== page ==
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How to Use Perennial Vegetables as a Landscape

Maximize your space by integrating perennial vegetables into your landscape. No need to harm your beautiful surroundings with a traditional garden – instead, seamlessly incorporate your food plants into your existing landscape and enjoy the benefits. 

I remember when I started seeds in our first home and mixed up the labeling. I thought I was putting marigolds in there, and a few weeks later, it was radishes. I felt so silly, but actually, it worked out great. One year I made different types of lettuce with flowers.

You can use a wide variety of perennial vegetables and herbs as part of your landscape, and they can be just as beautiful as traditional landscape plants. Perennial vegetables are great because you don’t have to replant them yearly.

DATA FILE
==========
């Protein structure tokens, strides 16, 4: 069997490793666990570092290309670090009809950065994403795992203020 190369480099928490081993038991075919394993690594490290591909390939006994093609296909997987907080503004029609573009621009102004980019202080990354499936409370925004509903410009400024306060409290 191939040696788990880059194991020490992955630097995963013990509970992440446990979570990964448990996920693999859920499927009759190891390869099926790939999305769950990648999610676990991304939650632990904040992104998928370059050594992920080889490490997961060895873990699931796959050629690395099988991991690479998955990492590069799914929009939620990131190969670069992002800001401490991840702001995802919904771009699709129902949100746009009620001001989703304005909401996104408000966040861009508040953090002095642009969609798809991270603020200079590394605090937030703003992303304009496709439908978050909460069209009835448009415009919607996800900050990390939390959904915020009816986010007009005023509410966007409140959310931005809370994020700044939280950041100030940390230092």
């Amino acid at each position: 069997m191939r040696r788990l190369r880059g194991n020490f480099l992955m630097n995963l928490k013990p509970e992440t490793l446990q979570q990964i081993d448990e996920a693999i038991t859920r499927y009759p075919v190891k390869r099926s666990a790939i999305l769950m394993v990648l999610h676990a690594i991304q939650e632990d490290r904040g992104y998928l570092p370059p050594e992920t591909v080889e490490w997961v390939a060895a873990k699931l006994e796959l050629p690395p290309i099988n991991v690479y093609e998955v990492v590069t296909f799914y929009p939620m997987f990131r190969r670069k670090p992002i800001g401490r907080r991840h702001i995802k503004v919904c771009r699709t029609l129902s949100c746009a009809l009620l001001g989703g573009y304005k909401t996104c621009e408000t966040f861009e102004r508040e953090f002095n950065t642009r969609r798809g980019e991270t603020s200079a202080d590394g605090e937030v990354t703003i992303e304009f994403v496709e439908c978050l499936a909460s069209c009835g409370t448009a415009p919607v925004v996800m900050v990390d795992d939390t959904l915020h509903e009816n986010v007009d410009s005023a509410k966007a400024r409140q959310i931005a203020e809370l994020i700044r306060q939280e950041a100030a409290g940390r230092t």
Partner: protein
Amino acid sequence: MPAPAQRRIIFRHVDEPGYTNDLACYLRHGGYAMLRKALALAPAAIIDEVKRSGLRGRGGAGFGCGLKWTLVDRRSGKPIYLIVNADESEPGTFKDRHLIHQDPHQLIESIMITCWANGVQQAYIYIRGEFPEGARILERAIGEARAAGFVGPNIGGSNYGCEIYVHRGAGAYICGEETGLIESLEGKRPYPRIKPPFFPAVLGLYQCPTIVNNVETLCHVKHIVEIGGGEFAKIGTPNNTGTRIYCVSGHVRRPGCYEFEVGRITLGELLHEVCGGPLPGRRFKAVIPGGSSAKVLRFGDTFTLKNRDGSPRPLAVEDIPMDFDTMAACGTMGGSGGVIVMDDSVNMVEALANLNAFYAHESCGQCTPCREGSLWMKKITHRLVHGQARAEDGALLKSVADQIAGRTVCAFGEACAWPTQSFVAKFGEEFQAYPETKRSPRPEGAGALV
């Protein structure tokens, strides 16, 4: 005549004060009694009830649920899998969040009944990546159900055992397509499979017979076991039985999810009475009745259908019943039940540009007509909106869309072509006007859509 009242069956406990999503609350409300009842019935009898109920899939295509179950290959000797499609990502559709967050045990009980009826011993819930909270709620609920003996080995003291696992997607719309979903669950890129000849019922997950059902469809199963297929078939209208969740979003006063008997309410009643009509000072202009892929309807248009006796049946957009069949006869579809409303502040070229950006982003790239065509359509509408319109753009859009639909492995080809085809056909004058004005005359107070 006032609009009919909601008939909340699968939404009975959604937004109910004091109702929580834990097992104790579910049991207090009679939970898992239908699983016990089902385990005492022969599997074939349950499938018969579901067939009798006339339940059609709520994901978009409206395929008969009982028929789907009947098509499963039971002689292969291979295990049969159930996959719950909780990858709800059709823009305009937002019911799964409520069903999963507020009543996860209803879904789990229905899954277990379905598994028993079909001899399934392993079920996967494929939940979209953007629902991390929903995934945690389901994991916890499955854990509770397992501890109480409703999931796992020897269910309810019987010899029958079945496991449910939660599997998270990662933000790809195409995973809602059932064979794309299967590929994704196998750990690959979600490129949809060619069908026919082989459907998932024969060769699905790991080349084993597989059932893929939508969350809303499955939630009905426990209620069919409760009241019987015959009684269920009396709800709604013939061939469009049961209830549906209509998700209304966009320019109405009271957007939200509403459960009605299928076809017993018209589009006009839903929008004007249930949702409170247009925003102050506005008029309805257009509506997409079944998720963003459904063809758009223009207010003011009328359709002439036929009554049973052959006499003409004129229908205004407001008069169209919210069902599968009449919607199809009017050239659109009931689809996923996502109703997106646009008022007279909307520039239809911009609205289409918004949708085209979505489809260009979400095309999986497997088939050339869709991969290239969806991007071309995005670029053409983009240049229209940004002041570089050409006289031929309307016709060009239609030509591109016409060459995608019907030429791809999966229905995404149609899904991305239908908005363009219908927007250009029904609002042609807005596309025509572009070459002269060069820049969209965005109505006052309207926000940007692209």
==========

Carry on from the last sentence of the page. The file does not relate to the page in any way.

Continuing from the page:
How to Use Perennial Vegetables as a Landscape

You plant them once, and with a small amount of ongoing maintenance, you’ll have a beautiful landscape and fresh food every year. Perennials need to be grown in good condition right from the start.

When annuals are sown in poor soil or an unfavorable spot, it may only result in a single-year setback. However, mishandling the planting of perennials means squandering a potential plant that could have flourished for countless years. Rest assured, nurturing and cultivating perennials is an investment that reaps long-lasting rewards.


First, be sure you plant your perennials in a good location right from the start.